ISU researchers transform pennycress into a crop

By Illinois State University | October 01, 2020

Though farmers consider pennycress (Thlaspi arvense) nothing more than a weed, Illinois State Professor of Genetics John Sedbrook is working to change their perspective—and the plant itself. Sedbrook and his student researchers in the School of Biological Sciences are genetically modifying pennycress as part of a multistate, multi-institutional effort funded by a five-year, $10 million USDA grant and a $13 million Department of Energy grant.

The researchers are attempting to transform the plant into a commercially grown cover crop that would be a boon to farmers and the environment. The harvested plant would be processed into biofuel, jet fuel, animal feed, and other products.

“This would not only help the environment, but also produce oilseeds that farmers can sell in these economically challenging times,” Sedbrook said. “Plants like pennycress take carbon dioxide out of the atmosphere to grow. Instead of adding to carbon in the atmosphere by digging for fossil fuels, you’re taking carbon that’s already there. So it’s a zero-sum game.”

Domesticated pennycress could be grown as a cold-resistant, high-yield oilseed crop across the central United States, where nearly 80 million acres of land devoted to corn and soybeans sit dormant in the winter months. Sedbrook said the same process was used in the 1960s to convert rapeseed into canola oil, a relative of pennycress that is in widespread use today.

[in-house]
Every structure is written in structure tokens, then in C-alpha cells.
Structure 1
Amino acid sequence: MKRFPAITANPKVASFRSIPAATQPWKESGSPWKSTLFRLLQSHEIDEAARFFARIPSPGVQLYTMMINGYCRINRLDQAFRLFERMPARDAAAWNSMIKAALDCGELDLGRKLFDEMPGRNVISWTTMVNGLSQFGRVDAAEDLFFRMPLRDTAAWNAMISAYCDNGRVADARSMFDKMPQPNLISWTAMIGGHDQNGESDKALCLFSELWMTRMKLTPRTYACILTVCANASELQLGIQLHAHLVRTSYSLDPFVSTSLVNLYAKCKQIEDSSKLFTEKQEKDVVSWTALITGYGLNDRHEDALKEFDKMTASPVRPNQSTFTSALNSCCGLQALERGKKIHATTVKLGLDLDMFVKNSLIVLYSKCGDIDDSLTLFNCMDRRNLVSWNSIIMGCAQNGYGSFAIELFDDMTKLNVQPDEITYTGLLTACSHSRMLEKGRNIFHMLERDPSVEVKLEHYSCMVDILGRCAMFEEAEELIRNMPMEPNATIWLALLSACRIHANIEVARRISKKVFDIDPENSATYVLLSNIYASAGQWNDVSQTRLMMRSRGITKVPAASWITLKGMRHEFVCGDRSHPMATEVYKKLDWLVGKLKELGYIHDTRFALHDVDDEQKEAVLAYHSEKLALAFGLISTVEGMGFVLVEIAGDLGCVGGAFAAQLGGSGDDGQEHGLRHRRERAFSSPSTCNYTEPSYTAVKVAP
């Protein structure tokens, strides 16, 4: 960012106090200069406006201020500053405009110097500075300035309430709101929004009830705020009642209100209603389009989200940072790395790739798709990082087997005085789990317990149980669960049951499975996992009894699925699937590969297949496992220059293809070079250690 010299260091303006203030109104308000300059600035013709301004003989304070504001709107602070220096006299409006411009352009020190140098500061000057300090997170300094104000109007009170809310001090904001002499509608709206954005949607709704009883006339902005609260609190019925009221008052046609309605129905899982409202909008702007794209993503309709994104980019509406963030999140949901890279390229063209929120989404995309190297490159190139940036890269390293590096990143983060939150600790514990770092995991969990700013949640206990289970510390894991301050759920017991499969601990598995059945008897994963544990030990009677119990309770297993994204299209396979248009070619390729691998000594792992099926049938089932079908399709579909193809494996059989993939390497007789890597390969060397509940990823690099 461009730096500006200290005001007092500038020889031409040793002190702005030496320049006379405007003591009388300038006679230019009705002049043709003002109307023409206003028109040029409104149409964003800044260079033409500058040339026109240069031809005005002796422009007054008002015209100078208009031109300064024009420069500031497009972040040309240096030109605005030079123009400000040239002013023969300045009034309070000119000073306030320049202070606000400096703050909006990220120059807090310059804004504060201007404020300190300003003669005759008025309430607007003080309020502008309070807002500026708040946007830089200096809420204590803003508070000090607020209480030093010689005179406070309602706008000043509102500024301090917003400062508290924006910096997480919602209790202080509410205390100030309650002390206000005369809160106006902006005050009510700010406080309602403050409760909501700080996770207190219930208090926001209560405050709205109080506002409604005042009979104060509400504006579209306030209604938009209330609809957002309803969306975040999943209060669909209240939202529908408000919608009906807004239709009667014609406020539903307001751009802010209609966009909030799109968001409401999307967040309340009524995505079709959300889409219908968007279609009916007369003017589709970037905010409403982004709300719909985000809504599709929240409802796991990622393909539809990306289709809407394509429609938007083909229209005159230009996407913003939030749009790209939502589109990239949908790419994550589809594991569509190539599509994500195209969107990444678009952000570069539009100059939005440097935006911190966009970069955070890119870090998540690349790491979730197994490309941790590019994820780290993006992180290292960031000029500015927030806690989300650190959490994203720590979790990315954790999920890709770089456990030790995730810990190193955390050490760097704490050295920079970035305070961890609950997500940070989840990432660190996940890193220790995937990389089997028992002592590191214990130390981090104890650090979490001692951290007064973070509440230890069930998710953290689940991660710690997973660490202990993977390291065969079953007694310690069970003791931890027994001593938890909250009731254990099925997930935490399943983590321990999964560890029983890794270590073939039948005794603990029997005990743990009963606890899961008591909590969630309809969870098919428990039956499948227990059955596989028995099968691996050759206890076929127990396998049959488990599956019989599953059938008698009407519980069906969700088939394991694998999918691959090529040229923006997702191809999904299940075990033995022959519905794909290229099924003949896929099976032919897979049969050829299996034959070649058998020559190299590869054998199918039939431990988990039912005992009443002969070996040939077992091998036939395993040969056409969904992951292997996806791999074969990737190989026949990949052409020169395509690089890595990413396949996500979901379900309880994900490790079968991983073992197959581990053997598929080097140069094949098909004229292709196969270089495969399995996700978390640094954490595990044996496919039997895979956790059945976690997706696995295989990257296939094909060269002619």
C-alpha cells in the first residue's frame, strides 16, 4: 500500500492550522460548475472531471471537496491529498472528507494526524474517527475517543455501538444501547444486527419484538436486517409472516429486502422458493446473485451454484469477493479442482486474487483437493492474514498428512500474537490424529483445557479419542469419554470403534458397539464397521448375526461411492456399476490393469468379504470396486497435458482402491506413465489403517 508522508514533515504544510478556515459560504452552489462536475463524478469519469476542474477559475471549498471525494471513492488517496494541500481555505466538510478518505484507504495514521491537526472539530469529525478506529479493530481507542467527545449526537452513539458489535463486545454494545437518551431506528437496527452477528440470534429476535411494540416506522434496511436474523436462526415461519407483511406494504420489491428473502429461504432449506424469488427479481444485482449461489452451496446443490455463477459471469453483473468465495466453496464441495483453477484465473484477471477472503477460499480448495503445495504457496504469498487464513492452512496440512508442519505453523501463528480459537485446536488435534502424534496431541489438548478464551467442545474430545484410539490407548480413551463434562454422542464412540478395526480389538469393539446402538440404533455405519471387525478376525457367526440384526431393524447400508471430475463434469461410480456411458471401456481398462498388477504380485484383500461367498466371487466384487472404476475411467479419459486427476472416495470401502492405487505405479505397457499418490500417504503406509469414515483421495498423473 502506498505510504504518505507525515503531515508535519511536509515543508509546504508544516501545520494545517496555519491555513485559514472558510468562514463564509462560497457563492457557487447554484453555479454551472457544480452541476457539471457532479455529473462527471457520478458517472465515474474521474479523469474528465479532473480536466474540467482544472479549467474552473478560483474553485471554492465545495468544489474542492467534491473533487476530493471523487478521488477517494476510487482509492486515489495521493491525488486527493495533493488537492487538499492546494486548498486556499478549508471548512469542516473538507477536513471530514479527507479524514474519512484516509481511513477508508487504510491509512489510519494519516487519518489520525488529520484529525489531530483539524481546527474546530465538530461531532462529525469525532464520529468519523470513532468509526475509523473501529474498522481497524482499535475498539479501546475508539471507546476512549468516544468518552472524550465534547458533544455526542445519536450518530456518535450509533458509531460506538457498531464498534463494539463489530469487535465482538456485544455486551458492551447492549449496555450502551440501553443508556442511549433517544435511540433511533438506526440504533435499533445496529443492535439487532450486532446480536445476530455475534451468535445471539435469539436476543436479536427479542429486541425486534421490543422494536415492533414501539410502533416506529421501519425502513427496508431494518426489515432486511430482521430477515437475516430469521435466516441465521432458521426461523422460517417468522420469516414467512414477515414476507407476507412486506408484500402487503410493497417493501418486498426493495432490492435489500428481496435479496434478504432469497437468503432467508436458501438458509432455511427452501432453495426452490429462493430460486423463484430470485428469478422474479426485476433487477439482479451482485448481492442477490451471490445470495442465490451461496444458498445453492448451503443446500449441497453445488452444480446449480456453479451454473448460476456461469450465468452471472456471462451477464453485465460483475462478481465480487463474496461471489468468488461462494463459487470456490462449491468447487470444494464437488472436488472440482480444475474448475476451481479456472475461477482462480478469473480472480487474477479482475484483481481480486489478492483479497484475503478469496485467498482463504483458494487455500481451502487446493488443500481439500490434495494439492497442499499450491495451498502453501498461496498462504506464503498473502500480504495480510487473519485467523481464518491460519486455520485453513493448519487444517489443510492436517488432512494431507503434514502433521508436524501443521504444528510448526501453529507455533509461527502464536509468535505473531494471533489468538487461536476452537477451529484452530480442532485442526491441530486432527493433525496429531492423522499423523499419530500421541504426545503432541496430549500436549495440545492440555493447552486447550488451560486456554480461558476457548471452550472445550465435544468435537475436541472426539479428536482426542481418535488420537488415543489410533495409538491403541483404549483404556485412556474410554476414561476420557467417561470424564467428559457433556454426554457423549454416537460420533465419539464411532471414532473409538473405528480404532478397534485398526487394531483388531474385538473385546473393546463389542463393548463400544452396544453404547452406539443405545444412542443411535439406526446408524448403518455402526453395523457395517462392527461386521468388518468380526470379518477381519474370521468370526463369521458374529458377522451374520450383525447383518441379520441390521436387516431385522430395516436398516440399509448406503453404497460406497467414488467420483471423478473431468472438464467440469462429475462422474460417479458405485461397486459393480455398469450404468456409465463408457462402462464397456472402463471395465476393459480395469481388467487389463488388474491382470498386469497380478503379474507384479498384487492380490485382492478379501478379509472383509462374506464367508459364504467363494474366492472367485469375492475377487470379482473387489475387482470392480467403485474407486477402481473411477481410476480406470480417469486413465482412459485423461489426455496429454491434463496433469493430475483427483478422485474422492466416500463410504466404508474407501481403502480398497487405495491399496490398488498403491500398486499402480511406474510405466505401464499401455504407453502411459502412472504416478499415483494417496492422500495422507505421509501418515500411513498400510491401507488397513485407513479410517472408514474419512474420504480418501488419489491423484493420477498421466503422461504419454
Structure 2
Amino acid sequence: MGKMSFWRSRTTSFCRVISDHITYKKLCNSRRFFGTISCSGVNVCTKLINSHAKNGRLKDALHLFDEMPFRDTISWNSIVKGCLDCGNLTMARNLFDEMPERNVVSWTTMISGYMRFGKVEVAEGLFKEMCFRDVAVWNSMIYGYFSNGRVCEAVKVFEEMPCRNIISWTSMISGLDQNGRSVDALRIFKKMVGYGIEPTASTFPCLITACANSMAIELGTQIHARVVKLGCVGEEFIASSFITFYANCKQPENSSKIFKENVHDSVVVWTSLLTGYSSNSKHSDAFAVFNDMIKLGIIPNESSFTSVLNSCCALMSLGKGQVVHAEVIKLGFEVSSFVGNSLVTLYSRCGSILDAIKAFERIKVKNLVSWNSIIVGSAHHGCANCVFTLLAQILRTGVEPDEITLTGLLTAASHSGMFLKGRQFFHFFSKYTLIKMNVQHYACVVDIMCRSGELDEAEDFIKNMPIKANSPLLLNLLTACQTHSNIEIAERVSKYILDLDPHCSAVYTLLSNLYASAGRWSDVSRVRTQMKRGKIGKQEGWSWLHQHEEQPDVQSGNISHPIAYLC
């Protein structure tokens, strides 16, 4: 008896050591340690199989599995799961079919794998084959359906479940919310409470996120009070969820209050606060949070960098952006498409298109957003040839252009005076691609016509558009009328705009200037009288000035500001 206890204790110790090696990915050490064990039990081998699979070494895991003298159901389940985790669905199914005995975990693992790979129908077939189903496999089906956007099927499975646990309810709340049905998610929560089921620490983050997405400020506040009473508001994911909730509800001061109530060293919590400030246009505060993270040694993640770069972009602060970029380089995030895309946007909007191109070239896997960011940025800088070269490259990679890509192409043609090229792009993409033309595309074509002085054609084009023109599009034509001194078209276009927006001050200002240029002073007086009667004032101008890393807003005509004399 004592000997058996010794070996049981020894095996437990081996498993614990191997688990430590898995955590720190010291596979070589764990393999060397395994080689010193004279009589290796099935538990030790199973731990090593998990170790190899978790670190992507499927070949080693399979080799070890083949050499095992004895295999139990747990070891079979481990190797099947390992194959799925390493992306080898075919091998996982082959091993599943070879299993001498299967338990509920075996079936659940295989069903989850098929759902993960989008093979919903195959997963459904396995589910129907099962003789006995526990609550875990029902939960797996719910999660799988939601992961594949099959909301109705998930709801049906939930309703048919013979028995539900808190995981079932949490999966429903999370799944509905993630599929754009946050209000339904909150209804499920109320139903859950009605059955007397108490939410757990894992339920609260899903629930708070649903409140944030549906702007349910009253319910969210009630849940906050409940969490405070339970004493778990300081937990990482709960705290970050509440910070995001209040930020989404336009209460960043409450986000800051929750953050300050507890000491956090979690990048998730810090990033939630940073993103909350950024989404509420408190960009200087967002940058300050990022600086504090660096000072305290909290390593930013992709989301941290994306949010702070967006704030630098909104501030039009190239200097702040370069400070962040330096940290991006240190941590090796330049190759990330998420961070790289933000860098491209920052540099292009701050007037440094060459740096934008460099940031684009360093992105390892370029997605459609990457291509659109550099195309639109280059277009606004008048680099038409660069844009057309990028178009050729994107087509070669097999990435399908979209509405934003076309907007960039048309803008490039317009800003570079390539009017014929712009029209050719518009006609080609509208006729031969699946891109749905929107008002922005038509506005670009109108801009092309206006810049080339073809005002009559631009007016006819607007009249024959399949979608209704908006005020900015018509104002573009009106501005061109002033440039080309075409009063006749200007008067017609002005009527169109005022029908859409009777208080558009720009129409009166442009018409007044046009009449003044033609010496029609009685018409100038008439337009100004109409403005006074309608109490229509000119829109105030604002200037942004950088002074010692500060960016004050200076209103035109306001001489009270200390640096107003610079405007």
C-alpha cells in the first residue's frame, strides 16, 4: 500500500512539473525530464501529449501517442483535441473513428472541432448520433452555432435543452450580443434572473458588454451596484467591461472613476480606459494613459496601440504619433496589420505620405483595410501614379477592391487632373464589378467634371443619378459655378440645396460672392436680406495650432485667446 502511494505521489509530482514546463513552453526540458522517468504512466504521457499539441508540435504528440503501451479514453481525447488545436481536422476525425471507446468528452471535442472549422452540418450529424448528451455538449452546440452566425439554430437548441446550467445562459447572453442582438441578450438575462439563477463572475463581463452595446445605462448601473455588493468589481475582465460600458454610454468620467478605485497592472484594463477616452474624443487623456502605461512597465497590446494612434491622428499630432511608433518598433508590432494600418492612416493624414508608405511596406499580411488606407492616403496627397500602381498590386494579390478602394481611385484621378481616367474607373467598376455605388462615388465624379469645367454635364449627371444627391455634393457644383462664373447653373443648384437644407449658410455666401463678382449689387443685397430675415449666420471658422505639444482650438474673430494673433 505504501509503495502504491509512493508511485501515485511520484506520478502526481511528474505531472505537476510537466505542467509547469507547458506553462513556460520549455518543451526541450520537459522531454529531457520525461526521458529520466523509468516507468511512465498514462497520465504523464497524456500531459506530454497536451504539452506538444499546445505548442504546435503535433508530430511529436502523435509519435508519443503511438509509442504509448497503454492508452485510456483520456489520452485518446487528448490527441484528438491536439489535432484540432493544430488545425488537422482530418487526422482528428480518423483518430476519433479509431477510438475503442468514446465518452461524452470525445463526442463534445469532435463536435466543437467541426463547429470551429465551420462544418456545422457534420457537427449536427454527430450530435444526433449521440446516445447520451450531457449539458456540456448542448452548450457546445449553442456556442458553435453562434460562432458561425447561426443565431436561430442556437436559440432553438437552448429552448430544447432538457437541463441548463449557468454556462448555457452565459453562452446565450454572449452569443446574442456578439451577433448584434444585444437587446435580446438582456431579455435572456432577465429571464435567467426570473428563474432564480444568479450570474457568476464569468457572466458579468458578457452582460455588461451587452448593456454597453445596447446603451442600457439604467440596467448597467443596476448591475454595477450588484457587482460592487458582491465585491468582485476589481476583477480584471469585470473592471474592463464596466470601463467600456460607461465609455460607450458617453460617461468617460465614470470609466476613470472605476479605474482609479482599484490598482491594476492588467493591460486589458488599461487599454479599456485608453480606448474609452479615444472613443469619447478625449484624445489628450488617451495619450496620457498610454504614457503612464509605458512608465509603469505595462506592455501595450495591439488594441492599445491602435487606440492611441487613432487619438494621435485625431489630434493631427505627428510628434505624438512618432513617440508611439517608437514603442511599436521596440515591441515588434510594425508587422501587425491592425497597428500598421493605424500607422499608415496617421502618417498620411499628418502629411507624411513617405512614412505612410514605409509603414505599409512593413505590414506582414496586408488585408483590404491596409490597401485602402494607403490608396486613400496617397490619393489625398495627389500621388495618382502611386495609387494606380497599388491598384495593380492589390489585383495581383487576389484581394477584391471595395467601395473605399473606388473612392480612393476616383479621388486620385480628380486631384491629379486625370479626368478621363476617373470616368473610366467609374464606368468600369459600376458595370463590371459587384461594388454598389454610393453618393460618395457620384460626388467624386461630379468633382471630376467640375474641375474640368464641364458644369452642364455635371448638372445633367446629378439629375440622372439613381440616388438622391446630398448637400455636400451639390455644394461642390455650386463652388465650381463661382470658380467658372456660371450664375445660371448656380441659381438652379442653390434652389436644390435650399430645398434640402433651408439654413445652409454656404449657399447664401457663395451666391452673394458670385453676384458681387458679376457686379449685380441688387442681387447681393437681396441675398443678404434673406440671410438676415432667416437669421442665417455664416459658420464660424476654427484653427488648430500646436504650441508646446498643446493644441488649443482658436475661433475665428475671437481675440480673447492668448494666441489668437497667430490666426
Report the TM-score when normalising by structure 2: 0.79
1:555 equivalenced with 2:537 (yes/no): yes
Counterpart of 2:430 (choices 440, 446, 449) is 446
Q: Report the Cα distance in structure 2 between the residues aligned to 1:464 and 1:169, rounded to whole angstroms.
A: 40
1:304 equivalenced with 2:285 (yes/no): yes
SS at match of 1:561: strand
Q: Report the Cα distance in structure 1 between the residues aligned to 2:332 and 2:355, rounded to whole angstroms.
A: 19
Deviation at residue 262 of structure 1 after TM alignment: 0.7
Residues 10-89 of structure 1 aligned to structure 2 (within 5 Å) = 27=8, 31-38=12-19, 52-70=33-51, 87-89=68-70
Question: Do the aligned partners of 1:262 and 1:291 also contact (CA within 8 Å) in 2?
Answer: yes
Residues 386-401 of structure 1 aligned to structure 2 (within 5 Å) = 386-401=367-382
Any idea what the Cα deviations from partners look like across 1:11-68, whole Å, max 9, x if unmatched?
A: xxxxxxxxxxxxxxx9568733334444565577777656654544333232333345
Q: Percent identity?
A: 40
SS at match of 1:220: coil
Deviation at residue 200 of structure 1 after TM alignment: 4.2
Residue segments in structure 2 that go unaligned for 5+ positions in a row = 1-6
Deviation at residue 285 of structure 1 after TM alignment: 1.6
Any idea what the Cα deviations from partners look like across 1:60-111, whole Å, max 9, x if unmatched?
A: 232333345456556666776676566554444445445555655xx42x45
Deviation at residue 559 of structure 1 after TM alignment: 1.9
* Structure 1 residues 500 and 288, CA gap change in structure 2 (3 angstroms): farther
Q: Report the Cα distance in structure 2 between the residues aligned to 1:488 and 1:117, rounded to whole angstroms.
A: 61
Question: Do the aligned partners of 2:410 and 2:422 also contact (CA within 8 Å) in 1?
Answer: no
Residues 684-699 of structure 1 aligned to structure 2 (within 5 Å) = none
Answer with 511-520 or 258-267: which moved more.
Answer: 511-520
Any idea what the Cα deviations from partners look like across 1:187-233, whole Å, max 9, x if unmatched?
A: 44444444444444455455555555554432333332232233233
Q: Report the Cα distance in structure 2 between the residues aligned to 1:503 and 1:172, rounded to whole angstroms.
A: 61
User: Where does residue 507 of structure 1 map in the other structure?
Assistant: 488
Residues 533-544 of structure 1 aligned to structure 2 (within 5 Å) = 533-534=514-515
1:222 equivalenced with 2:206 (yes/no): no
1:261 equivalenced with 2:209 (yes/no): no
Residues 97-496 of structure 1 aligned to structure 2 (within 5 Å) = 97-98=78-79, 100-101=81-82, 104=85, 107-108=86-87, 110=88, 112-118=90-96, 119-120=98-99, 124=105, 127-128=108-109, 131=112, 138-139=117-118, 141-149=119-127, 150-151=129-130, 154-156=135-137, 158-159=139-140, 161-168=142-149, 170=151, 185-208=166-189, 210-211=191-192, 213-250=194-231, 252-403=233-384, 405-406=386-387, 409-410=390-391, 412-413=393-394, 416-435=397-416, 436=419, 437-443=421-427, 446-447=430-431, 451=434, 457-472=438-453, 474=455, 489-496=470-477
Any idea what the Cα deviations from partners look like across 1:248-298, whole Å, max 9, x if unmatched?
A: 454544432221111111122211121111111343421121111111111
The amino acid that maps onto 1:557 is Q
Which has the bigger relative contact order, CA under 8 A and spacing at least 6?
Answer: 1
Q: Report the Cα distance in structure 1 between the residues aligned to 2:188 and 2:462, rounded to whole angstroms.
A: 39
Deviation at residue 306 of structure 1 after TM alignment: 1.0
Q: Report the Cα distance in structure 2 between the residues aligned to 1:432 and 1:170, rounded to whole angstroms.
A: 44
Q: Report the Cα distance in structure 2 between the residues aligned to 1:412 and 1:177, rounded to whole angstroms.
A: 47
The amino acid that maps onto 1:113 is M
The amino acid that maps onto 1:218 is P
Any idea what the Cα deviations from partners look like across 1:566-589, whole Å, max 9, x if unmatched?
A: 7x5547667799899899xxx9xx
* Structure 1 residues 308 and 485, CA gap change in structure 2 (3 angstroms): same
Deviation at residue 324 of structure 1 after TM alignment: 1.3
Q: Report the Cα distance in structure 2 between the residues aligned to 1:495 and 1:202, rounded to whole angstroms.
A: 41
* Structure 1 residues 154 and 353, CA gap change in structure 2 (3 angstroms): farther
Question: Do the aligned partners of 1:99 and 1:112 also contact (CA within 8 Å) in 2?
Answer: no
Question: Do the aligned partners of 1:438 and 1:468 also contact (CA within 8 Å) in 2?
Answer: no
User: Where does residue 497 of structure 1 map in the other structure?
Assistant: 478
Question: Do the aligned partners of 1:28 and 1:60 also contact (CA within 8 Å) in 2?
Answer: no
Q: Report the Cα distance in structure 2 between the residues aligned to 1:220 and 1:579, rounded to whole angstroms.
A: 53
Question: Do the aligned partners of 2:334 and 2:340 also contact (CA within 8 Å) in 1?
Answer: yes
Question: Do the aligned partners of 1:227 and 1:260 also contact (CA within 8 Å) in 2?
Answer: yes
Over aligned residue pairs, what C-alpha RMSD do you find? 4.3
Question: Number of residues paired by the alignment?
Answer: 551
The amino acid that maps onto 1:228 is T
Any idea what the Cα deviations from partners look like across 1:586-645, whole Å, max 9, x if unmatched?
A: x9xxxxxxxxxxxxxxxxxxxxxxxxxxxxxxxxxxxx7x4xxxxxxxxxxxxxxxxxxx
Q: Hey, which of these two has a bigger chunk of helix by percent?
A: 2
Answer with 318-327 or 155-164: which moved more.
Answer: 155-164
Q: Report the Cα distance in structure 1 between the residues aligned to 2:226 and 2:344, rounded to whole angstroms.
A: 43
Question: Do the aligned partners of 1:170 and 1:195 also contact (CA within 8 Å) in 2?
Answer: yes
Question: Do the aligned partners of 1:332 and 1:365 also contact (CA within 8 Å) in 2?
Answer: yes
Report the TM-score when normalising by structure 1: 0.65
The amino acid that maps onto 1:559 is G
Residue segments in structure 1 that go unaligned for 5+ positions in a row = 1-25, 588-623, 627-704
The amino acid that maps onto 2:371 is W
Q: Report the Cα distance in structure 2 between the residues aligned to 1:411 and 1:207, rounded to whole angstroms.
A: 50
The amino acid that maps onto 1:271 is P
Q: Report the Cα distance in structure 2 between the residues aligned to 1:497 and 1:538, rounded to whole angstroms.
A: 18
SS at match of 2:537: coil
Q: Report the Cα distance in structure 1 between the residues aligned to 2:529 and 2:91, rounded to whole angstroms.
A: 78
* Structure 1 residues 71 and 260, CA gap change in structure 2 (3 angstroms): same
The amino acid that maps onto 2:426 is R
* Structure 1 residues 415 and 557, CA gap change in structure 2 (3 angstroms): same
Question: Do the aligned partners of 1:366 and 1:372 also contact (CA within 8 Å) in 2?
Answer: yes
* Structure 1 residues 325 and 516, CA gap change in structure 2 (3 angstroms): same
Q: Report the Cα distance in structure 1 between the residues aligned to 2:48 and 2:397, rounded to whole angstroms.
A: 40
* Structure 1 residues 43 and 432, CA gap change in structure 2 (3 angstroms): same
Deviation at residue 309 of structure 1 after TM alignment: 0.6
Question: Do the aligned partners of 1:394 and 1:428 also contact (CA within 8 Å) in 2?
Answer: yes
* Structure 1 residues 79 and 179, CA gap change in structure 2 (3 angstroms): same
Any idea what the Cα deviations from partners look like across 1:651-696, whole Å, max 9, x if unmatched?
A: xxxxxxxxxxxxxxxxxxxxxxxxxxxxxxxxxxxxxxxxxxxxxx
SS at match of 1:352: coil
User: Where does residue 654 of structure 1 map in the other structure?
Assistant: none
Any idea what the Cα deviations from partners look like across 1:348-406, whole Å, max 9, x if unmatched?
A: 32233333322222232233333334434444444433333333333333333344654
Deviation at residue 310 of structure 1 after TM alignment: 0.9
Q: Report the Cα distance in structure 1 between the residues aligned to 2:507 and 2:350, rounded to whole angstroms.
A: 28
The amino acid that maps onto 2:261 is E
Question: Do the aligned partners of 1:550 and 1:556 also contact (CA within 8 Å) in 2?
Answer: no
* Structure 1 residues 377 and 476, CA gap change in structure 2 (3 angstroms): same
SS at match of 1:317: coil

Illinois State researchers—Professor of Water Ecology Bill Perry, Assistant Professor of Crop Science Nicholas Heller, and Professor of Soil Science Rob Rhykerd—are investigating how planting pennycress on otherwise fallow fields could also help farmers reduce soil erosion and nutrient loss, two factors that are imperiling water quality and aquatic life locally and as far downstream as the Gulf of Mexico.

This research has been ongoing for 10 years with the latest grant awarded in 2020. Illinois State researchers are currently working under the umbrella of the Integrated Pennycress Research Enabling Farm and Energy Resilience (IPREFER) program with colleagues at Western Illinois University, the University of Minnesota, The Ohio State University, the University of Wisconsin-Platteville, and the St. Louis-based crop development company CoverCress Inc.

 

 

 
 
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